This afternoon will be more Caruso “six notes” and some Bai Lin. These exercises aren’t the most compelling musically, but it gets my playing to where I want it to be. Patience is the key.
December 28th, 2005 § § permalink
I did it. I spread the stench of my warbling, pubescent, I-haven’t-played-in-a-week, put-me-in-the-Shiner-Parade-Band sound around the intimate confines of my in-law’s house. Okay, it wasn’t that bad, it’s just fun to write that way. After all, when else do you get to use pubescent, warbling, and stench in the same sentence? The truth of the matter is: I am woefully out of shape, but the anticipation of how bad it would be was worse than it actually was.
I did lip bends for 5-10 minutes, then I played the Caruso “six notes” (6 times through), followed by the “Seconds”. I played the “Seconds” exercise exactly as it is outlined in the book. During the 15 minute “break”, I played the Clarke 2nd study (every other exercise from low G to F at the top of the staff) plus the etude. I played the etude slowly to get the fingers back into a groove. At the end of that, I went back for the second time through the Caruso “Seconds”, played through it as described in the book, and put the horn away.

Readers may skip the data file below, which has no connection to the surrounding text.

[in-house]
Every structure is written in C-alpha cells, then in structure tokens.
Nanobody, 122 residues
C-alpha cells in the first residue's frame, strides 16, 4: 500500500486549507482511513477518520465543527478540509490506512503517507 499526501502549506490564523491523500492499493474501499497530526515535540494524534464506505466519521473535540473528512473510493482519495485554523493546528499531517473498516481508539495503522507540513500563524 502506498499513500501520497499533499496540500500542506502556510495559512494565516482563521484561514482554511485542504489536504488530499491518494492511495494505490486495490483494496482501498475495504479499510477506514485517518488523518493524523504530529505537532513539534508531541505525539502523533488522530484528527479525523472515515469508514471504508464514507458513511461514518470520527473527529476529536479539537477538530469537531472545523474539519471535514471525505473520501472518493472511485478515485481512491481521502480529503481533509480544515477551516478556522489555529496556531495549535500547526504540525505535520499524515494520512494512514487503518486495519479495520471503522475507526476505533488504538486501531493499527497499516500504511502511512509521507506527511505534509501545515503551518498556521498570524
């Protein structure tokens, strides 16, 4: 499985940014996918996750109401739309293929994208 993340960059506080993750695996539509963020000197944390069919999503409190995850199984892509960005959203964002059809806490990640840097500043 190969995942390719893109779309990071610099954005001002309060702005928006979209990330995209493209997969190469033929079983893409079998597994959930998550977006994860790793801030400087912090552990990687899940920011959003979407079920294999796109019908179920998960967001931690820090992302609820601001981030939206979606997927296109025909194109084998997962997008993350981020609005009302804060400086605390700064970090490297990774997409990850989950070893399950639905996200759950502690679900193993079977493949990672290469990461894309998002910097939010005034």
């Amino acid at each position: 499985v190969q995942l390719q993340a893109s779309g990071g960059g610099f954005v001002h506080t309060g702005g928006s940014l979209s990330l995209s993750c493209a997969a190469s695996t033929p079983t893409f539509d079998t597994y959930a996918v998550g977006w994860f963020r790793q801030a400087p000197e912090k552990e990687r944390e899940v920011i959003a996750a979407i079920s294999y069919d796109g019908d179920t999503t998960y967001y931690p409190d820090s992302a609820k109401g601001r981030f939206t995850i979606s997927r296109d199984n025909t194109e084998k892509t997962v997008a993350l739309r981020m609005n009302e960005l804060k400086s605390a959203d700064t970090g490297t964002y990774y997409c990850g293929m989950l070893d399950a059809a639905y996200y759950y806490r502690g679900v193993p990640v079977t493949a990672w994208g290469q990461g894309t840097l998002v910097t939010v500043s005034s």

After three hours of rest, I will be back on the Caruso “six notes” again, followed by some Bai Lin Lip Flexibilities, and perhaps some Stamp. Anything more than that will depend on how it feels when I pick the horn back up again. Until then…
I did the afternoon session as planned. The exercises out of the Bai Lin felt surprisingly good. I did numbers: 1, 7, 11, 12, 13, 14, 17, and 24. I did not tackle any Stamp. I will work some of that in tomorrow. Ideally, I would do another session this evening, but we are going out and that won’t be possible.
December 28th, 2005 § § permalink
If you followed my recommendations for practice over the holidays, posted in Holiday Madness!, then you are feeling comfortable and in control of your trumpet playing. Maybe you don’t feel at your peak, but you know just a little tweaking of your daily routine (mixed in with some extra practice time) will get you back to the peak of your abilities in no time. What’s that? You didn’t follow my advice? You haven’t played in 5 days? 6 days? The truth be told, neither have I.